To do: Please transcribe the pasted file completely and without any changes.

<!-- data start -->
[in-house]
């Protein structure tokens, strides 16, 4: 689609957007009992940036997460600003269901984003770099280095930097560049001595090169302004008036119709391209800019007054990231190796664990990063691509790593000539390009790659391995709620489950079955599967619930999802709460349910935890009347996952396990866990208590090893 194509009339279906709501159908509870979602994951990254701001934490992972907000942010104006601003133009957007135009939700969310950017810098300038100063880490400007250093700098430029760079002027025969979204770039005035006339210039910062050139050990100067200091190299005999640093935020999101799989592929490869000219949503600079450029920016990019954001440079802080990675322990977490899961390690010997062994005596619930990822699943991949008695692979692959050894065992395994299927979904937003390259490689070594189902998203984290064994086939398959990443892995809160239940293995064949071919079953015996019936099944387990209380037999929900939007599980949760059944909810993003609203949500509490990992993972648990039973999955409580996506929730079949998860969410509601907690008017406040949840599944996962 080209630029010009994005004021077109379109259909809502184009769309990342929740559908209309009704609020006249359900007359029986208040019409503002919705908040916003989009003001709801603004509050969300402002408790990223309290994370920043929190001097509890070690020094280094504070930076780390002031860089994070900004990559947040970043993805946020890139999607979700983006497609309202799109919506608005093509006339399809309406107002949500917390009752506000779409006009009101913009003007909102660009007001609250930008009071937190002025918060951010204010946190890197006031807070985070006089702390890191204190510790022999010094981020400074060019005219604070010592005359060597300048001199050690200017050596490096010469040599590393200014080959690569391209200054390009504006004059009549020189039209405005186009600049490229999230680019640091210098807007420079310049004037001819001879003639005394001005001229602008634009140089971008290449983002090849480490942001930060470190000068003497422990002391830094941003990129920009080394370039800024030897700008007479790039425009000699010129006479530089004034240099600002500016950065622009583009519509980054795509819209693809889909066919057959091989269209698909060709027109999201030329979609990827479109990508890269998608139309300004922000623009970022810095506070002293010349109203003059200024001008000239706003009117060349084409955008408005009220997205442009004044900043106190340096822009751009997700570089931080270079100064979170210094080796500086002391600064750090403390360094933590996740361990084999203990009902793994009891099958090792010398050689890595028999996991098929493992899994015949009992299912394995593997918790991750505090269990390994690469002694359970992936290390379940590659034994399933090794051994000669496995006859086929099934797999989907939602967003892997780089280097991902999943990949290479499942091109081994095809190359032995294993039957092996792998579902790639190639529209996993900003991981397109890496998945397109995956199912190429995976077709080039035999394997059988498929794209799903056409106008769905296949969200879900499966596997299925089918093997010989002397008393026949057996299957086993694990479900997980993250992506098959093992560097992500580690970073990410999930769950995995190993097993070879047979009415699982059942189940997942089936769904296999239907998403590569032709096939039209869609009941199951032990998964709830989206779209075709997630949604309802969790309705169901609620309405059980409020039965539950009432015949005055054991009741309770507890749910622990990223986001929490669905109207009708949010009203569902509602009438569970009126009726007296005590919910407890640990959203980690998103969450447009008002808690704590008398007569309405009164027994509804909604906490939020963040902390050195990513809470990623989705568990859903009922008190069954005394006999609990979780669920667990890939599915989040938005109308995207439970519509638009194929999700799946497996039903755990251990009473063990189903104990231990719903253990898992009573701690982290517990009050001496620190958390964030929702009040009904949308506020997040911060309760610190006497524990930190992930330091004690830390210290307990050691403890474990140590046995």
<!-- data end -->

[in-house]
């Protein structure tokens, strides 16, 4: 689609957007009992940036997460600003269901984003770099280095930097560049001595090169302004008036119709391209800019007054990231190796664990990063691509790593000539390009790659391995709620489950079955599967619930999802709460349910935890009347996952396990866990208590090893 194509009339279906709501159908509870979602994951990254701001934490992972907000942010104006601003133009957007135009939700969310950017810098300038100063880490400007250093700098430029760079002027025969979204770039005035006339210039910062050139050990100067200091190299005999640093935020999101799989592929490869000219949503600079450029920016990019954001440079802080990675322990977490899961390690010997062994005596619930990822699943991949008695692979692959050894065992395994299927979904937003390259490689070594189902998203984290064994086939398959990443892995809160239940293995064949071919079953015996019936099944387990209380037999929900939007599980949760059944909810993003609203949500509490990992993972648990039973999955409580996506929730079949998860969410509601907690008017406040949840599944996962 080209630029010009994005004021077109379109259909809502184009769309990342929740559908209309009704609020006249359900007359029986208040019409503002919705908040916003989009003001709801603004509050969300402002408790990223309290994370920043929190001097509890070690020094280094504070930076780390002031860089994070900004990559947040970043993805946020890139999607979700983006497609309202799109919506608005093509006339399809309406107002949500917390009752506000779409006009009101913009003007909102660009007001609250930008009071937190002025918060951010204010946190890197006031807070985070006089702390890191204190510790022999010094981020400074060019005219604070010592005359060597300048001199050690200017050596490096010469040599590393200014080959690569391209200054390009504006004059009549020189039209405005186009600049490229999230680019640091210098807007420079310049004037001819001879003639005394001005001229602008634009140089971008290449983002090849480490942001930060470190000068003497422990002391830094941003990129920009080394370039800024030897700008007479790039425009000699010129006479530089004034240099600002500016950065622009583009519509980054795509819209693809889909066919057959091989269209698909060709027109999201030329979609990827479109990508890269998608139309300004922000623009970022810095506070002293010349109203003059200024001008000239706003009117060349084409955008408005009220997205442009004044900043106190340096822009751009997700570089931080270079100064979170210094080796500086002391600064750090403390360094933590996740361990084999203990009902793994009891099958090792010398050689890595028999996991098929493992899994015949009992299912394995593997918790991750505090269990390994690469002694359970992936290390379940590659034994399933090794051994000669496995006859086929099934797999989907939602967003892997780089280097991902999943990949290479499942091109081994095809190359032995294993039957092996792998579902790639190639529209996993900003991981397109890496998945397109995956199912190429995976077709080039035999394997059988498929794209799903056409106008769905296949969200879900499966596997299925089918093997010989002397008393026949057996299957086993694990479900997980993250992506098959093992560097992500580690970073990410999930769950995995190993097993070879047979009415699982059942189940997942089936769904296999239907998403590569032709096939039209869609009941199951032990998964709830989206779209075709997630949604309802969790309705169901609620309405059980409020039965539950009432015949005055054991009741309770507890749910622990990223986001929490669905109207009708949010009203569902509602009438569970009126009726007296005590919910407890640990959203980690998103969450447009008002808690704590008398007569309405009164027994509804909604906490939020963040902390050195990513809470990623989705568990859903009922008190069954005394006999609990979780669920667990890939599915989040938005109308995207439970519509638009194929999700799946497996039903755990251990009473063990189903104990231990719903253990898992009573701690982290517990009050001496620190958390964030929702009040009904949308506020997040911060309760610190006497524990930190992930330091004690830390210290307990050691403890474990140590046995």